Kneel Before VOD: August 29th
One of the year's best blockbusters is a massive course correction for DC's Extended Universe. Patty Jenkins took Zack Snyder's pre-established dark themes and injected some much needed levity without sacrificing anything that makes the world unique. Gal Gadot is inspired, a paragon of virtue in a world taken over by evil. Chris Pine also impresses as a US soldier who becomes Wonder Woman's helpful companion and guide to the unfamiliar world. Visually expressive and full of exciting action, Wonder Woman is a must-see.
Although I don't believe It Comes at Night is even close to the movie it was marketed as, it's still a stellar exercise in tension and dread. The film follows a family surviving in the woods of a post-apocalyptic world ravaged by disease. Despite the patriarch's (Joel Edgerton) trepidation, they invite another family into their cabin. The two groups quickly grow wary of each other and tensions mount. The film is quietly effective low-budget horror. We never see much of the devastation on screen, but it's implied so well that you have no question that things are horribly wrong.
Boasting an impressive comedic cast, including Kevin Hart, Kristen Schaal, Thomas Middleditch, and Nick Kroll, and impressively stylish and fluid animation, Captain Underpants is sure to satisfy kids and parents alike. The film is a fairly faithful adaptation of the beloved series of kids books about two comic-obsessed kids who hypnotize their principal (Ed Helms) into becoming one of their created characters, Captain Underpants. The kids get wrapped up in Professor Poopypants's plot to take down their town and it's up to them to stop him.
Netflix: Death Note
Adam Wingard (The Guest, You're Next) directs Netflix's highly anticipated adaptation of the popular anime about a high schooler, Light (Nat Wolff), who discovers a book that gives him the power to kill whoever he imagines. Light uses his newfound power to take down criminals, ultimately gaining the attention of L (Lakeith Stanfield), a detective determined to put an end to the teen's vigilante justice. A strong cast including Shea Whigham and Willem Dafoe do their best and Wingard's steady direction shine through, but Death Note is still left in a weird position; it's too different to alienate fans and too complicated to welcome in newcomers.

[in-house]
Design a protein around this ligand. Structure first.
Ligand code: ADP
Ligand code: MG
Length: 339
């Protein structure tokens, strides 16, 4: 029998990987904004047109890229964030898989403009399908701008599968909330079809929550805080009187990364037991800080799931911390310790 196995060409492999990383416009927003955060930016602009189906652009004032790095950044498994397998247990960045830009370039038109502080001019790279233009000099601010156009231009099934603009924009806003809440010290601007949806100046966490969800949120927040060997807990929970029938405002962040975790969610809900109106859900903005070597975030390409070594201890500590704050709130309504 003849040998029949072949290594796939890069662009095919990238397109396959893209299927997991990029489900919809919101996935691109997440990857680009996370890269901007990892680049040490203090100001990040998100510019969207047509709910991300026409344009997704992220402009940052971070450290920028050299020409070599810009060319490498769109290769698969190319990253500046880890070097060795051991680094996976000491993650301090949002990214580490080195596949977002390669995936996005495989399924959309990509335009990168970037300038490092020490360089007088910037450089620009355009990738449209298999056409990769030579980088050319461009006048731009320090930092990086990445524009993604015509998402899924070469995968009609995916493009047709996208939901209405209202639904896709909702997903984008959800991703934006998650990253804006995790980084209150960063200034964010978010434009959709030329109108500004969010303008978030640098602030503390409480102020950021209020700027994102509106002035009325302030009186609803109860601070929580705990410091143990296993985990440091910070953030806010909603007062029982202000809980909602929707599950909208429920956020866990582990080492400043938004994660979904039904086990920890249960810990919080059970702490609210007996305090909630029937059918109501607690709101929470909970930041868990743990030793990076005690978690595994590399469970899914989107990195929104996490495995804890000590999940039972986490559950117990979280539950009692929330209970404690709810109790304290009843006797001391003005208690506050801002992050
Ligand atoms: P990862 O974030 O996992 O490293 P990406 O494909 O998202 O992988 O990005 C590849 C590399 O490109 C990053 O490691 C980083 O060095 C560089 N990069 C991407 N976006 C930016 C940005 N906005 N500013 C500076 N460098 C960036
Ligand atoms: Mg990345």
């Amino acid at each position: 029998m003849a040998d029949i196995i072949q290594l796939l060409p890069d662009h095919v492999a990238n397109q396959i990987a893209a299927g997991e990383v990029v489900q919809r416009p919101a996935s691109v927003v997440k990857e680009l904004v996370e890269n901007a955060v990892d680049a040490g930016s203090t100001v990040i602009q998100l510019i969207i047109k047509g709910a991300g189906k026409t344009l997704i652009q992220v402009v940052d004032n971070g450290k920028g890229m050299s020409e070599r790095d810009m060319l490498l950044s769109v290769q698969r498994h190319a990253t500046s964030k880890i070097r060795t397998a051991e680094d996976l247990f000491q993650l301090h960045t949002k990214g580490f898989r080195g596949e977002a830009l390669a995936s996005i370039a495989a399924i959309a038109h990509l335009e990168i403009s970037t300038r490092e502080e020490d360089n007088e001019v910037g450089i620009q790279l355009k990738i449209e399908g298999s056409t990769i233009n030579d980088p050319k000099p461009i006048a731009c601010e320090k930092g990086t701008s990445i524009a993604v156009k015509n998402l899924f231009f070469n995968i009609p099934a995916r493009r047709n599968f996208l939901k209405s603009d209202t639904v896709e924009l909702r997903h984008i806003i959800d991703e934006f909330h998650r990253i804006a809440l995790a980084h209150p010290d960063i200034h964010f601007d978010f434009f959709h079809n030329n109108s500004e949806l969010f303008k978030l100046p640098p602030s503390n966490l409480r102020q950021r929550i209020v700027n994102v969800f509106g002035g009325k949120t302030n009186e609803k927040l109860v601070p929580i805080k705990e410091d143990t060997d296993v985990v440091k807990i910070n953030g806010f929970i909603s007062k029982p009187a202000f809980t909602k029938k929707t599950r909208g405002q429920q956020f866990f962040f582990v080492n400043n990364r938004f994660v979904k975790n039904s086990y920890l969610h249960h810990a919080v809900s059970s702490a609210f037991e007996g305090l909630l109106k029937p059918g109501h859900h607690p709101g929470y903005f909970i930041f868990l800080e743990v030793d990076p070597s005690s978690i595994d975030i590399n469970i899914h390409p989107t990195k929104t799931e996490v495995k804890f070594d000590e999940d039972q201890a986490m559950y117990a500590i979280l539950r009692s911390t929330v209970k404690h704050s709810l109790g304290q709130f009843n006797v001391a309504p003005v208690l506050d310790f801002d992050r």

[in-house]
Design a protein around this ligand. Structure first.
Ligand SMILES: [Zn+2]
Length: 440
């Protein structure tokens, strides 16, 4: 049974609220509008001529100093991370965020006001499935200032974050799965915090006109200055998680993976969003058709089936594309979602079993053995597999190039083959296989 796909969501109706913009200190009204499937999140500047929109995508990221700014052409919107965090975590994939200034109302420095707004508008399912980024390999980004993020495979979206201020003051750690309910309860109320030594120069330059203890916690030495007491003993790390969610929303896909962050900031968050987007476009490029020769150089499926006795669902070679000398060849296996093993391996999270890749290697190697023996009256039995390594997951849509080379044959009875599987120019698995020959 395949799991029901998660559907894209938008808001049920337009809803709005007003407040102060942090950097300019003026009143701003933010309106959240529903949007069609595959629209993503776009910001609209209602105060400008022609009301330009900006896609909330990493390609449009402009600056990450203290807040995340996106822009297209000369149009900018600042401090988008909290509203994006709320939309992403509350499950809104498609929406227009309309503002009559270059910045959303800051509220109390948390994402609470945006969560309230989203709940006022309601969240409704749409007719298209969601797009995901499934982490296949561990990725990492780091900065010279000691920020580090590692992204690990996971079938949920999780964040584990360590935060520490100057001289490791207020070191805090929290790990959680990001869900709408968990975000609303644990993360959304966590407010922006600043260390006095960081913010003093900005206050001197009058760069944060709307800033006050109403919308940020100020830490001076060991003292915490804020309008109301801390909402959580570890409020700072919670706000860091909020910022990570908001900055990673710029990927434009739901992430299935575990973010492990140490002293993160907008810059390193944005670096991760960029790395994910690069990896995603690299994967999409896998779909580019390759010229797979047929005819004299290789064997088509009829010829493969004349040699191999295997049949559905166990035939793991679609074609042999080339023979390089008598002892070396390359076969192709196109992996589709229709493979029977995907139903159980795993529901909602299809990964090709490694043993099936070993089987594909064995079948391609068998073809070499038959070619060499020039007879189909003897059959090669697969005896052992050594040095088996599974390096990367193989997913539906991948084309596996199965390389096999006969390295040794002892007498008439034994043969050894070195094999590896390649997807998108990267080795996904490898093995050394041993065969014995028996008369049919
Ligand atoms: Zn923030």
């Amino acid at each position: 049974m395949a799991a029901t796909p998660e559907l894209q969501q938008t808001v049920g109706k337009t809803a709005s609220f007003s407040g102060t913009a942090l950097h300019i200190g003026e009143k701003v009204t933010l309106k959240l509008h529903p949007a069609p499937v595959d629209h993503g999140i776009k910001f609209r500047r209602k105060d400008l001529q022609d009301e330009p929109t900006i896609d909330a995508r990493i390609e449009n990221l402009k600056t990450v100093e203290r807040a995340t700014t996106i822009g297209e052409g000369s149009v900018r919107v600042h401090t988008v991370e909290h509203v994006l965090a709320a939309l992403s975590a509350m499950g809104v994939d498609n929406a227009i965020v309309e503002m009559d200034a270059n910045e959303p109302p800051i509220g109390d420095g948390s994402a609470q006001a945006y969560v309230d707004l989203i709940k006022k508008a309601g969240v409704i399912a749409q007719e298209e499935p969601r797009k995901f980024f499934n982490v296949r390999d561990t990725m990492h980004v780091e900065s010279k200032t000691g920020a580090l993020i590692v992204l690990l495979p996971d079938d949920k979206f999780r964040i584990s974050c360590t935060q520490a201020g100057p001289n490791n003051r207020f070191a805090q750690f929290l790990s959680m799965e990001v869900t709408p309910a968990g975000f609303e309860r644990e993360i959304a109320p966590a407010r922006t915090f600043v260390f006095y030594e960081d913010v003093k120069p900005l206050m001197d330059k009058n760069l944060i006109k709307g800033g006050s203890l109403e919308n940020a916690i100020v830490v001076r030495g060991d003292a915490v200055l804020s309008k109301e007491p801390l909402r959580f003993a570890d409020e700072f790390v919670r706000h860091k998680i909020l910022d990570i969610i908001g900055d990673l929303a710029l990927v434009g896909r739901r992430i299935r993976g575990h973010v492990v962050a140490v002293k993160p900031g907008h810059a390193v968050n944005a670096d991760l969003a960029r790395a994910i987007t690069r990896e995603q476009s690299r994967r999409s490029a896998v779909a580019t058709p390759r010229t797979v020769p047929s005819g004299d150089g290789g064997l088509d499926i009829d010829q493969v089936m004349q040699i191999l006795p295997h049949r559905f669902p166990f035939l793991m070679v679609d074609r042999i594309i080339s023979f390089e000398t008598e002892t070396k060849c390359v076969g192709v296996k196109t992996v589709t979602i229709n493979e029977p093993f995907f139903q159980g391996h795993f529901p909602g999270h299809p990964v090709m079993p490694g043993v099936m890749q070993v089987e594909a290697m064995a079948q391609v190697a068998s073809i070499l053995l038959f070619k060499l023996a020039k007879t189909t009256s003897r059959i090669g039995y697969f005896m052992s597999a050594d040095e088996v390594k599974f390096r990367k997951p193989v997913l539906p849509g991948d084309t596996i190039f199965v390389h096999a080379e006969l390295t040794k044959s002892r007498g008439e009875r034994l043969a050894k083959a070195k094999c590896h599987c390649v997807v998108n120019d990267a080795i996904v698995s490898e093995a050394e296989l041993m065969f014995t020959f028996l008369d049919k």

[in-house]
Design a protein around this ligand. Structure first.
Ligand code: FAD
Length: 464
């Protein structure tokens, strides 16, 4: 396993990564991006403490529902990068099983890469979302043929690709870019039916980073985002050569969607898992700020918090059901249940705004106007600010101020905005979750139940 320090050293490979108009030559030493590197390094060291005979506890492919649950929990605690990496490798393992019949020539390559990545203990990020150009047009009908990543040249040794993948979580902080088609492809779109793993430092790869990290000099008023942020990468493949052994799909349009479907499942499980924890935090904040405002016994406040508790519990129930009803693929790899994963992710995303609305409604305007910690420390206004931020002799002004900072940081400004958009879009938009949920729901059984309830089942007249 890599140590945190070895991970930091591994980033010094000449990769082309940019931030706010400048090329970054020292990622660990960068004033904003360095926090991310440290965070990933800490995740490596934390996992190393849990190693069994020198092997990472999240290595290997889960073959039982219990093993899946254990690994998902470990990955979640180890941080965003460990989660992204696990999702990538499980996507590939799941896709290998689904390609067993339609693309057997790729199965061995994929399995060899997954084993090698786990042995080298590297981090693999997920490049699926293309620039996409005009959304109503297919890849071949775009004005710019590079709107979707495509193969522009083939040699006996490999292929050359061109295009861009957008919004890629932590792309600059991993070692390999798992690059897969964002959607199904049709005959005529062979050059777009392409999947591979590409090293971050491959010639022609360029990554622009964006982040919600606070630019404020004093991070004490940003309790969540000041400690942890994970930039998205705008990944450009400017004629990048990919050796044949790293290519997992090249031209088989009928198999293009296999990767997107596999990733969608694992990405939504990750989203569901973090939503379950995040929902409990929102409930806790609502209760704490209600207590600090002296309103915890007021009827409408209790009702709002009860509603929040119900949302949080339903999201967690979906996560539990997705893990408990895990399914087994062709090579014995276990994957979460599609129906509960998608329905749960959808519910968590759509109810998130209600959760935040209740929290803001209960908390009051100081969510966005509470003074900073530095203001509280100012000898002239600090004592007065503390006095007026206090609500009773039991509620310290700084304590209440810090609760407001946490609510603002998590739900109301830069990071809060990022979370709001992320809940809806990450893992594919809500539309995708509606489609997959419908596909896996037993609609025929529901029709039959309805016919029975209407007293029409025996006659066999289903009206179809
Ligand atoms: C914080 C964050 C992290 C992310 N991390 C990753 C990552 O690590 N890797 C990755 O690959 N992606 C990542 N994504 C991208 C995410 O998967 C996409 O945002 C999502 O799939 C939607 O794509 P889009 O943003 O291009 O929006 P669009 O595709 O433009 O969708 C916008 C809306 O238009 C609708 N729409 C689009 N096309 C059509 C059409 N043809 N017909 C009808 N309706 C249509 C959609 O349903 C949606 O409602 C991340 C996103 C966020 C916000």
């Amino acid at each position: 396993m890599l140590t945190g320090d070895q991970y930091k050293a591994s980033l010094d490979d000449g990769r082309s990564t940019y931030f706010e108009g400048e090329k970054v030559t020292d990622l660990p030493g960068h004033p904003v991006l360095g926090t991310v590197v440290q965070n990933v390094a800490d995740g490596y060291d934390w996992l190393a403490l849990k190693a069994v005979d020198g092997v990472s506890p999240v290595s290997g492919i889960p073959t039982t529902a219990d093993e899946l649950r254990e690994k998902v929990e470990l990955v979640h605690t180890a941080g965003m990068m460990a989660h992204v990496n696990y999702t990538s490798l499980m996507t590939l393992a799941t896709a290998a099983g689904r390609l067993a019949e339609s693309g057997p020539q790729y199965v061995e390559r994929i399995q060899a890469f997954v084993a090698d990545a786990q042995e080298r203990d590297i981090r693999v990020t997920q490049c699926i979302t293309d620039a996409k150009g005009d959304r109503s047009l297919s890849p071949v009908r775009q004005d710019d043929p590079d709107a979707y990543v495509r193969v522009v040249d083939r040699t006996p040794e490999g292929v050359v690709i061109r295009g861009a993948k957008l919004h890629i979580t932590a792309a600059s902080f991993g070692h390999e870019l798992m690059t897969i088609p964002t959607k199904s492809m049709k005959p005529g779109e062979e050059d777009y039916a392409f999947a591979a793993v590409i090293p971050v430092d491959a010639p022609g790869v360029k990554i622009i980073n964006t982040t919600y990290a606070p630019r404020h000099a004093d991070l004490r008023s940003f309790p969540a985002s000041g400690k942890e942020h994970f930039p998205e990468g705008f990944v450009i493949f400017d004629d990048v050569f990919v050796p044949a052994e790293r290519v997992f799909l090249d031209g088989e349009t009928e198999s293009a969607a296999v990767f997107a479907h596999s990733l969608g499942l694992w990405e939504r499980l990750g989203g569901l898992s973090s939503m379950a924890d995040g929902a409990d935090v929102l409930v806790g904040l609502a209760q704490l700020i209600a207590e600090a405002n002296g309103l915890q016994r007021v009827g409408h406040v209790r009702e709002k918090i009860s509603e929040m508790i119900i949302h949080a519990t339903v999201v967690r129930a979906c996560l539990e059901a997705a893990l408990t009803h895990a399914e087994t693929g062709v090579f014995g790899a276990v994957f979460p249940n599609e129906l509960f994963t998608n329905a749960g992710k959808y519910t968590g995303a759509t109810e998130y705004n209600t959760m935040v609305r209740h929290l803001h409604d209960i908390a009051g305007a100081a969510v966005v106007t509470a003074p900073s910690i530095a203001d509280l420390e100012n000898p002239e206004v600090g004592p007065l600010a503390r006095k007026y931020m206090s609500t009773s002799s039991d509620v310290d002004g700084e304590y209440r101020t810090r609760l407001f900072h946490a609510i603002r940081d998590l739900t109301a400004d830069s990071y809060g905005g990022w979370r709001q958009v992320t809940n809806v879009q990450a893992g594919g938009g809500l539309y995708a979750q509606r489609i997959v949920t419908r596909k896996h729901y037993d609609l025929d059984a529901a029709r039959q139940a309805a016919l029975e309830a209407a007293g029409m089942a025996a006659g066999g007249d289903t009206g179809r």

Amazon Prime: High Noon
I have yet to cover a western in this column, so what better place to start than with a classic. Gary Cooper is Will Kane, a Marshal of a small town in New Mexico on the verge of retirement. Kane is nearly out the door with his wife, Amy (Grace Kelly), before he finds out Frank, a violent bandit whom he locked up years before, is back in town. Amy gives him an ultimatum: she's taking the next train out of town, and Will has to choose between leaving or taking down an old foe for good. The film remains a powerful rumination on the benefits (or lack thereof) of revenge, something that made it controversial at the time.
HBO Go: Jackie
Natalie Portman outdoes herself with her incredibly accurate performance as Jacqueline Kennedy. Pablo Larraín's biopic focuses on the former First Lady in the aftermath of the assassination of her husband, John F. Kennedy. She has to come to terms with her husband's death as the weight of the country is on her shoulders. It's an important and captivating chapter from history brought to life through Portman's effortlessly flawless performance and cinematographer Stéphane Fontaine's beautiful compositions.
Hulu Plus: Florence Foster Jenkins
Meryl Streep shines as the titular Florence, a New Yorker with aspirations of becoming an opera singer, a problem considering she's a terrible singer. Florence hears her voice as beautiful, but to the outside world she's nearly unlistenable, a fact her husband (Hugh Grant) hides from her. Against all odds, Florence gets booked at Carnegie Hall, and her manager (Simon Helberg) scrambles to find a way to make her voice tolerable. Streep's performance in this chipper comedy earned her her 20th Academy Award nomination for Best Actress.
Also Streaming: Hill Street Blues
FilmStruck: Maitresse (1973)
Maitresse (French for 'mistress') follows a thief, Olivier (Gérard Depardieu), who breaks into a supposedly empty house only to run into the owner, Ariane (Bulle Ogier), who's a dominatrix. The two end up falling for each other as Olivier starts to help Ariane with her work. Once he discovers that she has a child, he pledges to help her make a new life, an idea she doesn't seem into. Maitresse is a sexually-charged complex drama, a much more subversive and sex-positive romance than 50 Shades of Grey.
Also Streaming: A Scandal In Paris